Before the hospital got the equipment, patients and staff travelled to distant places such as Irrua in Edo State to test blood samples.
According to Isezuo, the hospital can now handle any cardiological-related ailment because of its equipment acquired with the CACOVID fund.
He spoke glowingly of the intervention, stressing that the fund helped the hospital have more buildings and equipment to compete with its contemporaries globally.
The hospital has two wards as its isolation—one for suspected cases and the other for confirmed cases.
Every bed has ancillary devices, including a C-PAC machine, a nebulizer (for patients with acute respiratory distress), defibrillators, ultrasound machines, oxygen concentrators, and autoclave machines, among other devices.
There are ten beds, a generator, an intercom for communication, a digital x-ray machine, closed-circuit Television (CCCT) camera for monitoring patients at the ICU.
Every bed has a monitor and vertical bedhead. “There advantage of this vertical bedhead is that there is a computer system in the nursing station. The nurse doesn’t need to come to the bedside to monitor the patient’s blood pressure, other vital sounds, or respiratory rate. You have the patients on the bed, and all the equipment are connected to them, sending the information to the central system.
“Even if you have one nurse that is seated there, she’s monitoring ten patients at the same time. The nurse will immediately come to see the bedside whenever there is any red flag. What we have here is a fully digital ICU. That means you don’t need to go to the bedside and take vital signs. We monitor them remotely. Each bed has ancillary equipment comprising a ventilator, suction machine, ECG machine, and oxygen concentrator. There is also a syringe pump. The vertical bedhead has an oxygen pipe supplied to it. There are also ventilators in the ICU”, Idris Muhammed, a Visiting Pathologist from Usman Danfodiyo University, Sokoto, said.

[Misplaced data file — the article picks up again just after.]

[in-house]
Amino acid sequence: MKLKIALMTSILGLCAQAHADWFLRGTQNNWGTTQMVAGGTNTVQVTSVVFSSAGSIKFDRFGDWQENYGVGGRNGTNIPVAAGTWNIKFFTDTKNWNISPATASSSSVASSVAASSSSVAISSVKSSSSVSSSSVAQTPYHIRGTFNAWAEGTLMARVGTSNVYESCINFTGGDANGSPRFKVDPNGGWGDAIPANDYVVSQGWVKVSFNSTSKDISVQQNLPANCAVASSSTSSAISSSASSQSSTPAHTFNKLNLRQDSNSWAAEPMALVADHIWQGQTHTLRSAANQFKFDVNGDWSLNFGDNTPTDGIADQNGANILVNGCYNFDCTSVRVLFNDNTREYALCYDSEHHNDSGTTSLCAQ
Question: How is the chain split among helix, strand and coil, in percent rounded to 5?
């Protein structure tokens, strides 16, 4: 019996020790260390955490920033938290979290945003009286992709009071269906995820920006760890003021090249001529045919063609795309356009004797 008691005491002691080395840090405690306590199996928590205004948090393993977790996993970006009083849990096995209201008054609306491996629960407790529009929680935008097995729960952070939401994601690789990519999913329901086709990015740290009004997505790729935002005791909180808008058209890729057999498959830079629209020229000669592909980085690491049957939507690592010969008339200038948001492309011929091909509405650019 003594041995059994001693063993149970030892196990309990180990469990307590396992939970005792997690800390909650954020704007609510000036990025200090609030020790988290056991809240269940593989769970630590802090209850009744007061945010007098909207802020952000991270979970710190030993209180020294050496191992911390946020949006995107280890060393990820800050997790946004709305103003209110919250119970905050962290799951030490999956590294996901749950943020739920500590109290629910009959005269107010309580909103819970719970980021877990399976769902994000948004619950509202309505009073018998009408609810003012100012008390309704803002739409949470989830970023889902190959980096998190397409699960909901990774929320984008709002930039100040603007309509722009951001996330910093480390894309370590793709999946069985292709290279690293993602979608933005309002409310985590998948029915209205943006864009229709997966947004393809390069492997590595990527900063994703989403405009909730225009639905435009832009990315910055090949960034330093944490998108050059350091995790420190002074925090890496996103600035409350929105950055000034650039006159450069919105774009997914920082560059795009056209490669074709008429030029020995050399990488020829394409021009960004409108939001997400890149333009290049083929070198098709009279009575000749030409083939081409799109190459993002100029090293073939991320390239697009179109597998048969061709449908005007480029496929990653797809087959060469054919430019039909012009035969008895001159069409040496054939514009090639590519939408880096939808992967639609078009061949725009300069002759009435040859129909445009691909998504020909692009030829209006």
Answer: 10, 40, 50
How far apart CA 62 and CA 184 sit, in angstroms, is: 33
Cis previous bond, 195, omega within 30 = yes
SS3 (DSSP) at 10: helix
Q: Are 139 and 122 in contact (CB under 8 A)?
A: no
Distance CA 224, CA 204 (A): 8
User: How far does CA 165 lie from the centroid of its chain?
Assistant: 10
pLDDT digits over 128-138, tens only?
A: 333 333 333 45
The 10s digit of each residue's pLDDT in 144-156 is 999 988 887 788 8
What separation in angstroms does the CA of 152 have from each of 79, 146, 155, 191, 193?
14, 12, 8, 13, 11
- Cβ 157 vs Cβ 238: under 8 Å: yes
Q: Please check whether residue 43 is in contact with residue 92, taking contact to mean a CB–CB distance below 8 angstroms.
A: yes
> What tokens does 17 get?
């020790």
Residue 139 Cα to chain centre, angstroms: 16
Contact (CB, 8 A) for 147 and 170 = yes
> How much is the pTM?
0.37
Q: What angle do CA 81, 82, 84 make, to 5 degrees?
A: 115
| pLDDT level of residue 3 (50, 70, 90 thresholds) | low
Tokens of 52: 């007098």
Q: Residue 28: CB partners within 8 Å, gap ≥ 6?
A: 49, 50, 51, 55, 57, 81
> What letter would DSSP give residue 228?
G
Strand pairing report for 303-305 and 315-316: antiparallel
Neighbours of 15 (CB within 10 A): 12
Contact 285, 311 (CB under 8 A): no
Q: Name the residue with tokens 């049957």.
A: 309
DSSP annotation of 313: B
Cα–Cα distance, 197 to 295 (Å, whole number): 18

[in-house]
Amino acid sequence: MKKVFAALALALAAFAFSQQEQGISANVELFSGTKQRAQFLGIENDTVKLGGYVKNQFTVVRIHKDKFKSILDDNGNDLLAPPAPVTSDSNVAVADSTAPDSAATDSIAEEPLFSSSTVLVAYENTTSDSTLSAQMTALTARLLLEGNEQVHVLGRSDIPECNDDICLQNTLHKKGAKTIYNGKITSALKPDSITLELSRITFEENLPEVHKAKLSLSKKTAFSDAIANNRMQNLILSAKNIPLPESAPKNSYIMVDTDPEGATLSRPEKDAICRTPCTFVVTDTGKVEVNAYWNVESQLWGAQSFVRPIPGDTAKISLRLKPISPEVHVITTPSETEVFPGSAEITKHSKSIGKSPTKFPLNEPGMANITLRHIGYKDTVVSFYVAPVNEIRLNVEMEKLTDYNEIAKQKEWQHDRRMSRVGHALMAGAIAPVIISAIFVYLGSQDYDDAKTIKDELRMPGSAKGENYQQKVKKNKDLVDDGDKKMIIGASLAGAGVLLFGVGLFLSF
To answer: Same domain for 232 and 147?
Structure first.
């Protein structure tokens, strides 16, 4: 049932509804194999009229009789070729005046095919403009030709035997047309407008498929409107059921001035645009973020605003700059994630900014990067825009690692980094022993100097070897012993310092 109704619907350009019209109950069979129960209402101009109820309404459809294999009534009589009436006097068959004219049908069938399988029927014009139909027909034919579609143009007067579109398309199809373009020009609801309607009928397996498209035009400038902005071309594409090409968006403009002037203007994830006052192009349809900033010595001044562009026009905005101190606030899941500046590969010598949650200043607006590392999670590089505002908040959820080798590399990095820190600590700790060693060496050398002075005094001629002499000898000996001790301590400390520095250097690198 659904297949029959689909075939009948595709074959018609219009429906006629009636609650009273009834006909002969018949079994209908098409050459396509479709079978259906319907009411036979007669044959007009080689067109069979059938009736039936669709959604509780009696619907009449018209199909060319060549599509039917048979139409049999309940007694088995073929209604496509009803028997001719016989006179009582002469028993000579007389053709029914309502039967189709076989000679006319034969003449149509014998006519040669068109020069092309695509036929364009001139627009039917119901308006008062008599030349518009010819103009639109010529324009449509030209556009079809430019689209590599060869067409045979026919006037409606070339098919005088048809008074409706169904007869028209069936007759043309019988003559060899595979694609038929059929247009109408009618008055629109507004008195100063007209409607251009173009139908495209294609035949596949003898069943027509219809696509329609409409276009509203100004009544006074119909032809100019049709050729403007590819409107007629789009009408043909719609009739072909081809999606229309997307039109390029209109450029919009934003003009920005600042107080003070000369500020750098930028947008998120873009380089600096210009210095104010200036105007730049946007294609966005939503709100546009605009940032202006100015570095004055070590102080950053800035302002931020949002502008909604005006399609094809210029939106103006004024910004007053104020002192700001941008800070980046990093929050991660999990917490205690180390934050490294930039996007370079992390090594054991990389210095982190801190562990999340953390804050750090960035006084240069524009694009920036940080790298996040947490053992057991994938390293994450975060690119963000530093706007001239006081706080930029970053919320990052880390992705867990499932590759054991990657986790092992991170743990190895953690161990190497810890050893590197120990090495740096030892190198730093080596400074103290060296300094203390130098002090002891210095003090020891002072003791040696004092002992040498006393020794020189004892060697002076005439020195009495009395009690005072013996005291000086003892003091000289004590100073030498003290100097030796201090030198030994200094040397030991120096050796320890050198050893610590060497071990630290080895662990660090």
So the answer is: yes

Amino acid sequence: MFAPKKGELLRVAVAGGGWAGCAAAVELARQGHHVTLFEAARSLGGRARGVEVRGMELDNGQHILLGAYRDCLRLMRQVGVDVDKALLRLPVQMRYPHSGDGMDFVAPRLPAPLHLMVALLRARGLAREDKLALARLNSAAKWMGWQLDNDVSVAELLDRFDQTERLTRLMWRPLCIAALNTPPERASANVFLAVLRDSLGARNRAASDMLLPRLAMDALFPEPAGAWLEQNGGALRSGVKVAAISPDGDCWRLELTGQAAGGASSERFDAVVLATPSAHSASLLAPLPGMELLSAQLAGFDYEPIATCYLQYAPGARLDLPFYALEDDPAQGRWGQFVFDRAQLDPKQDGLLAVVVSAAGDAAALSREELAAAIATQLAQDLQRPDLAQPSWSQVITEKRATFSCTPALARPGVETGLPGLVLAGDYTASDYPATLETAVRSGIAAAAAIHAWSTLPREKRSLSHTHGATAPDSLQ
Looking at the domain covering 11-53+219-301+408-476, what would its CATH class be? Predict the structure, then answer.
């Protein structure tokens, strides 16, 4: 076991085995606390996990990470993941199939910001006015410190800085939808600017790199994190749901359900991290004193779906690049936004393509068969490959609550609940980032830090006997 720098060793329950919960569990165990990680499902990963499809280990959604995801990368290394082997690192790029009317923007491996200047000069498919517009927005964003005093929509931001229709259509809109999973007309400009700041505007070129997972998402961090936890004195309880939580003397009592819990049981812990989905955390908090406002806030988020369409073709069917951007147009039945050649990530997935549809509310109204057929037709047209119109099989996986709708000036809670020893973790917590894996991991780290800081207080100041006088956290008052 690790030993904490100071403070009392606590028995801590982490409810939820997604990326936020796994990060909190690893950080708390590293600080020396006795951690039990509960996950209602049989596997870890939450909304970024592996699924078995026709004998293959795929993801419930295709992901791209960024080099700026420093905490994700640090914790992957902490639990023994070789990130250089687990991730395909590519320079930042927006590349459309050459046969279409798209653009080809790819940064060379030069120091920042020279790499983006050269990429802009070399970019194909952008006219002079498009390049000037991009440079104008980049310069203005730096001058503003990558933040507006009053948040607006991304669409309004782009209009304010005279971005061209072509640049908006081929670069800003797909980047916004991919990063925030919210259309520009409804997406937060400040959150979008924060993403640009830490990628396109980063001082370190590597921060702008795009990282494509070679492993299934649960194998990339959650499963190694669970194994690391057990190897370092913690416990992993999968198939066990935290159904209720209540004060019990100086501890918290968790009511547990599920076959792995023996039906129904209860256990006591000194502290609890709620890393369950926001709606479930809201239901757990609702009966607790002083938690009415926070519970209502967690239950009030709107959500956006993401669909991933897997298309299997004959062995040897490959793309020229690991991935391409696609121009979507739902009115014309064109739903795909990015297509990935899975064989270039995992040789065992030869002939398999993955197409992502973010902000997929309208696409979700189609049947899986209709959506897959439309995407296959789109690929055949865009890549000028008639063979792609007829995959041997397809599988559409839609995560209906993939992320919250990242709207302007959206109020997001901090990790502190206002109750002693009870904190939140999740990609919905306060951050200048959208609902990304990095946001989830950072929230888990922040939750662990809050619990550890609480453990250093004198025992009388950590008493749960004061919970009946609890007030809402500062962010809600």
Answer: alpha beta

The building has a ramp for patients’ easy movement into the facility.
The hospital can use the ramp to take patients from the isolation room to avoid contact with the other persons at the facility, and there are three entrances to the building.
COVID-19 equipment, a blessing to hospital – Medical Director
The medical director said only a few hospitals in Nigeria had the kind of equipment that now exist in the facility before the emergence of COVID-19.
“We thank the Federal Government. We thank President Muhammadu Buhari for this giant intervention. Though these were procured to fight COVID, they will be instrumental in tackling other conditions.
“With the COVID intervention and other equipment that we have purchased, we are set to provide eye services, dental care, gynaecological and general medical conditions.